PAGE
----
A revised law that bans smoking in all public places and prohibits retailers from displaying cigarettes took effect on Sunday.
The General Law for Tobacco Control “amounts to one of the most stringent anti-smoking laws in the world,” according to a BBC report.
People are now explicitly banned from smoking in outdoor public places such as parks, town squares and beaches as well as offices, hotels, restaurants, schools, stadiums, shopping centers and entertainment arenas. Smoking is already banned in many of the aforesaid indoor spaces.
The anti-smoking law also prohibits all forms of advertising and promotion of cigarettes including sponsorship arrangements involving tobacco companies. Retailers such as the ubiquitous convenience store Oxxo are no longer permitted to stock tobacco products in open view of customers.
Health regulator Cofepris will be responsible for ensuring compliance with the law, which is expected to have an impact on demand for tobacco.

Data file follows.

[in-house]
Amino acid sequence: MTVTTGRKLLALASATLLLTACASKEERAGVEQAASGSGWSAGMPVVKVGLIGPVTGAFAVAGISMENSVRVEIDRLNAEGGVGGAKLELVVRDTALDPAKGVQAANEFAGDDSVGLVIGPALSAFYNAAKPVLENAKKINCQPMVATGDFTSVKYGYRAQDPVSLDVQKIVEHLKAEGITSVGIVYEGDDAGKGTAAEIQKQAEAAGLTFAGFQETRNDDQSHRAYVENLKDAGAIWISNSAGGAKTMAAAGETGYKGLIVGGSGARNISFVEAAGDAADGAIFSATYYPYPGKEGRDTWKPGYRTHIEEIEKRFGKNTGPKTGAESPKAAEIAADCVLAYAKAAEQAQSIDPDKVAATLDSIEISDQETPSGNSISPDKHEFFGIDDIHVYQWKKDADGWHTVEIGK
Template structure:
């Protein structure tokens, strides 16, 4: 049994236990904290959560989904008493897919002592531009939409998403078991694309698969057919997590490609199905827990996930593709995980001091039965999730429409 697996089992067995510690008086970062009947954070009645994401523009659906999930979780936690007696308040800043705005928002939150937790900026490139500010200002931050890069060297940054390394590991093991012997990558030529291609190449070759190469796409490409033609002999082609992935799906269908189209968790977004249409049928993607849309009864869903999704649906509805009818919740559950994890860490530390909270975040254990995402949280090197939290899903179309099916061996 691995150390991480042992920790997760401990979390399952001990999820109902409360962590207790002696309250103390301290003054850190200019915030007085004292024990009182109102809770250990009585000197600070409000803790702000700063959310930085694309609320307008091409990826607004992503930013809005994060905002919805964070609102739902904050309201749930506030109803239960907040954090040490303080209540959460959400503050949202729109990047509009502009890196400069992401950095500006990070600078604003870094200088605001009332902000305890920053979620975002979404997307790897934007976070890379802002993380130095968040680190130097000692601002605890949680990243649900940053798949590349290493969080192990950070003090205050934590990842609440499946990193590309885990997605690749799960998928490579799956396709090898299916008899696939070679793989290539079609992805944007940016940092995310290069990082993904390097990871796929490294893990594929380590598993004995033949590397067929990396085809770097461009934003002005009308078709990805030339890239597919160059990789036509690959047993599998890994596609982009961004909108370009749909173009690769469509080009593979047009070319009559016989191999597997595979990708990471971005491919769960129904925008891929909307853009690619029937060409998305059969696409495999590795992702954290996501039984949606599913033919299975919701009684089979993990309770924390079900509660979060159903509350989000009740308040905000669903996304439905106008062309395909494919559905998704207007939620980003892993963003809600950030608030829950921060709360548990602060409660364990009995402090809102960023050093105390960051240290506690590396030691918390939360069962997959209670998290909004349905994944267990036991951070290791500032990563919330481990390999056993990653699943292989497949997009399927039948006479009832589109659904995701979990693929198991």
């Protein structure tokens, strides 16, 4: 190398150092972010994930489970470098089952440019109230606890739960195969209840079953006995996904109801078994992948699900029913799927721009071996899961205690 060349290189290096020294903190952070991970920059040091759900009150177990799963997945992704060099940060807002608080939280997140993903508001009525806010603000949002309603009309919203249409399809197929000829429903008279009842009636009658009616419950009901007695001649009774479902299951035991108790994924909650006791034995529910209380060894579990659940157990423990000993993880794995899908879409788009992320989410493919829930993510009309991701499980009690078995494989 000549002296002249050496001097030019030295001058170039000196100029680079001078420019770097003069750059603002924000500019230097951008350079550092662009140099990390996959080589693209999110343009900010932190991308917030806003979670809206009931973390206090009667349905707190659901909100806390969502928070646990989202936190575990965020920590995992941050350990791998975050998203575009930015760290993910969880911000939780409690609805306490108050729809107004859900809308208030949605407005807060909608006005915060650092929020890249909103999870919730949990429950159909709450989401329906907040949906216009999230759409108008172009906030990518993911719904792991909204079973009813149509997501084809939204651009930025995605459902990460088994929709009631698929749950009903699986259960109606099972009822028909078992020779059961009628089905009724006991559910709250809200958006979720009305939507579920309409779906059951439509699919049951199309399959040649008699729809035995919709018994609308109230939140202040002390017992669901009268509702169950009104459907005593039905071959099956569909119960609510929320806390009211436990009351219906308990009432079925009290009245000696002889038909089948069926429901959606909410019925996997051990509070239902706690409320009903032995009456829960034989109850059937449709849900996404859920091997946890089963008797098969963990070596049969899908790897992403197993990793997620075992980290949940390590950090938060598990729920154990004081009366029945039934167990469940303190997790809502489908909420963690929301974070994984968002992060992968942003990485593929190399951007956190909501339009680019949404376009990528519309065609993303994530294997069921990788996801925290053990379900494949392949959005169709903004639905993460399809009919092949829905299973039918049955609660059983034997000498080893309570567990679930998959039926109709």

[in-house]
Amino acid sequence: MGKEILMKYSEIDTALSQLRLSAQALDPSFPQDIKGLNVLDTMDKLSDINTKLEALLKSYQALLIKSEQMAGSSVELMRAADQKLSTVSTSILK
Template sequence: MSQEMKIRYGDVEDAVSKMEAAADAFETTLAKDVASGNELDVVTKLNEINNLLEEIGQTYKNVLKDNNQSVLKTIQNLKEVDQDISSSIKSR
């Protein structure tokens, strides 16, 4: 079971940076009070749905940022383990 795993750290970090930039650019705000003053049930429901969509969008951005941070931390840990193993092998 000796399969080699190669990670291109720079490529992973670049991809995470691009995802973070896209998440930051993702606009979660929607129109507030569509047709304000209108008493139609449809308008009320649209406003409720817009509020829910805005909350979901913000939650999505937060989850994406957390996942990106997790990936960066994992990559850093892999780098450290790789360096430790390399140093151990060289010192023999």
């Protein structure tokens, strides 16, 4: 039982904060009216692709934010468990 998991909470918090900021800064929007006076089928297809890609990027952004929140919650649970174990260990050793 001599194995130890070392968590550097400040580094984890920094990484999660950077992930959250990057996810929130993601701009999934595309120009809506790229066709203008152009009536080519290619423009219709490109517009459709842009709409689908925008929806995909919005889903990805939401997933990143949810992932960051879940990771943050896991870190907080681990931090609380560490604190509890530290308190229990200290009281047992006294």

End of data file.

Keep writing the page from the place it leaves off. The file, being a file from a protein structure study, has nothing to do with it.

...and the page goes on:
The federal Health Ministry anticipates that the new law will prevent 49,000 premature deaths and 292,000 cases of smoking-related illnesses over the next 10 years, the newspaper El Financiero reported.
The Pan American Health Organization (PAHO), an agency of the World Health Organization, noted in a statement last month that Mexico’s Senate unanimously approved an amendment to the General Law for Tobacco Control that established “100% smoke-free environments and a total ban on the advertising, promotion, and sponsorship of tobacco products on December 14, 2021.”
“This amendment represents a historic step forward for Mexico in its anti-smoking policies and reaffirms its role as one of the leaders in the fight against tobacco in the world,” said Cristian Morales, PAHO representative in Mexico.
In contrast, “some smokers are dismayed at the draconian nature of the new law,” the BBC reported, noting that smoking outside private residences will be restricted in many cases.
It remains to be seen how strictly the anti-smoking law will be enforced in a country where approximately 16 million people — one in eight Mexicans — smoke.
According to the BBC, many Mexicans fear that corrupt police will use the law to collect bribes from people who are caught smoking in places where the habit is prohibited.